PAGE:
Important Records Management Terminology

University records: Recorded information created, received, and maintained by the University in its administrative activities which provides evidence of these activities. The University retains records for as long as they are needed to meet operational, legal, regulatory, fiscal, or other requirements. University records can be in any information format or medium.

  • The administrative office or unit which is responsible for a University process or activity is also responsible for the associated records. These records are referred to as the University’s official records, while other versions kept for information purposes by other units are transitory copies of the official record.

Transitory records are University records of temporary or insignificant value, useful for a limited time to complete routine actions or to prepare the final version of official records, or they are convenience copies of official records kept only as information sources for current work tasks. Transitory records are not needed to meet operational, legal, regulatory, fiscal, or other requirements and should be destroyed on a regular basis, when their usefulness has ended.

University archives (or, archival records) are records selected for long-term preservation, after they are no longer needed for administrative purposes, due to their value as evidence and documentation of the University's history, organization, function and structures.

  • The University Librarian is the information steward for the University archives collections, and is ultimately responsible for the identification and selection of archival records. In practice, this responsibility is delegated to the Head of the Library Special Collections & Archives Department and his/her staff.

University records retention schedule: The guideline document describing records associated with a University process or activity, the University’s legal and compliance requirements for keeping that class of records, and the administrative units responsible for the records.

  • The University implements its records retention schedules to ensure that records are kept for as long as required and that obsolete records are disposed of in a systematic and controlled manner. The records retention schedules provide employees with the information they need to adhere to approved records management requirements in a consistent manner.

Records retention period: the length of time that records must be kept by the unit responsible for the records.

Records disposition: the actions taken on University records by the responsible administrative unit, when the records retention period has ended. There are four possible disposition actions documented in the University records retention schedules:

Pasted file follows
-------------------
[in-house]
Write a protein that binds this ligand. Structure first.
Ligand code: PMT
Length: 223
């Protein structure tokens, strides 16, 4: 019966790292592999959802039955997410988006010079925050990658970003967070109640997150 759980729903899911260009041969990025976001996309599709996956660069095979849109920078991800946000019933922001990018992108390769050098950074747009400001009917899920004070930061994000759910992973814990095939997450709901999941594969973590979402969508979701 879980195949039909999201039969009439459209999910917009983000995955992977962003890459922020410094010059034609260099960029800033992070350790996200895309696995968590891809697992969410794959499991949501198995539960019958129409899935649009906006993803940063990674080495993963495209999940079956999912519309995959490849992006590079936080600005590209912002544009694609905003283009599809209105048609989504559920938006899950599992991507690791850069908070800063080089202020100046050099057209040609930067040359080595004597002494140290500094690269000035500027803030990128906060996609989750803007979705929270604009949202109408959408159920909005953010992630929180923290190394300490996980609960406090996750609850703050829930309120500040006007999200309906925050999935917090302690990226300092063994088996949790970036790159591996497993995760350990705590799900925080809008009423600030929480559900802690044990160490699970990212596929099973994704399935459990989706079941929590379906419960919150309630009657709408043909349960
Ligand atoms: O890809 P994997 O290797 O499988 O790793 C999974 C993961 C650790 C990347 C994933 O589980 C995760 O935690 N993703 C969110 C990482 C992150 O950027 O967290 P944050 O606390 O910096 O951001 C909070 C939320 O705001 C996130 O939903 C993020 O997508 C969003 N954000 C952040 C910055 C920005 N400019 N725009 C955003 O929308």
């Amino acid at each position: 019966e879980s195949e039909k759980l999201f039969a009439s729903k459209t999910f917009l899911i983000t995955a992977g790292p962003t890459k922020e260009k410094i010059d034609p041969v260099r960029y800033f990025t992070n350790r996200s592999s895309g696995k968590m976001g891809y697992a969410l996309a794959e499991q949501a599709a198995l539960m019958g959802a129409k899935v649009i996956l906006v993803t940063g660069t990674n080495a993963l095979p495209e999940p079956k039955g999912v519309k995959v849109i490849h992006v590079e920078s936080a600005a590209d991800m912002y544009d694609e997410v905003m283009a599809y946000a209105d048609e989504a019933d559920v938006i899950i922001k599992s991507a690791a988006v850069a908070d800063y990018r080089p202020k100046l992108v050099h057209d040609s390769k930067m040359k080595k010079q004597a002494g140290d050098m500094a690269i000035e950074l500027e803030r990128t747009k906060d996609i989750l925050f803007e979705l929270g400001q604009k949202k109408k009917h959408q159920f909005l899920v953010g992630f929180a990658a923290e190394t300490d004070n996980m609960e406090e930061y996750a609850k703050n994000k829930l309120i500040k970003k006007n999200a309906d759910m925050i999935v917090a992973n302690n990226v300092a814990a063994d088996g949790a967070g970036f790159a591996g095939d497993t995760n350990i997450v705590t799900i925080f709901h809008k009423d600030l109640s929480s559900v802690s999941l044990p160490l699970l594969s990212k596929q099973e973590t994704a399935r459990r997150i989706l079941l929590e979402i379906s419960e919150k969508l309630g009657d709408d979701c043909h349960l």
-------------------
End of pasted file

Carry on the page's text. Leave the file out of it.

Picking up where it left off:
• Secure destruction: Records are protected against theft, loss and unauthorized use or disclosure prior to destruction. The records are then destroyed or erased in an irreversible manner which ensures that the information cannot be recovered or reconstructed, by methods recommended by the University’s Information Security Officer or the University Records Manager.
  • Destruction: Records whose information privacy & confidentiality classification under Policy 46 is “public” may be discarded or destroyed using non-secure methods. For example, public paper records can be disposed of in office recycling bins.
  • Archives: All records in the records class become part of the University archives at the end of their retention period.
  • Archives Selection: Some of the records in the records class are eligible for addition to the University archives. The retention schedule may include a description of the records most likely to become University archives, but the final selection of these records will be made by the Head of the Library Special Collections & Archives Department or his/her delegate.

Records destruction form: This form is to be used to document the disposal of official records – i.e., the records for which your unit is identified as a “responsible unit" in the University records retention schedules – and for copies of records identified as a “personal information bank” in the records retention schedules. It must be completed when disposing of paper or electronic files. It is not necessary to complete this form when disposing of other transitory records.

Personal information bank: A definition of personal information bank is provided on the Information and Privacy website.

University information management roles See Policy 46 – Information Management for definitions of the roles of “information steward”, “information custodian”, “information user”, and “information service provider.”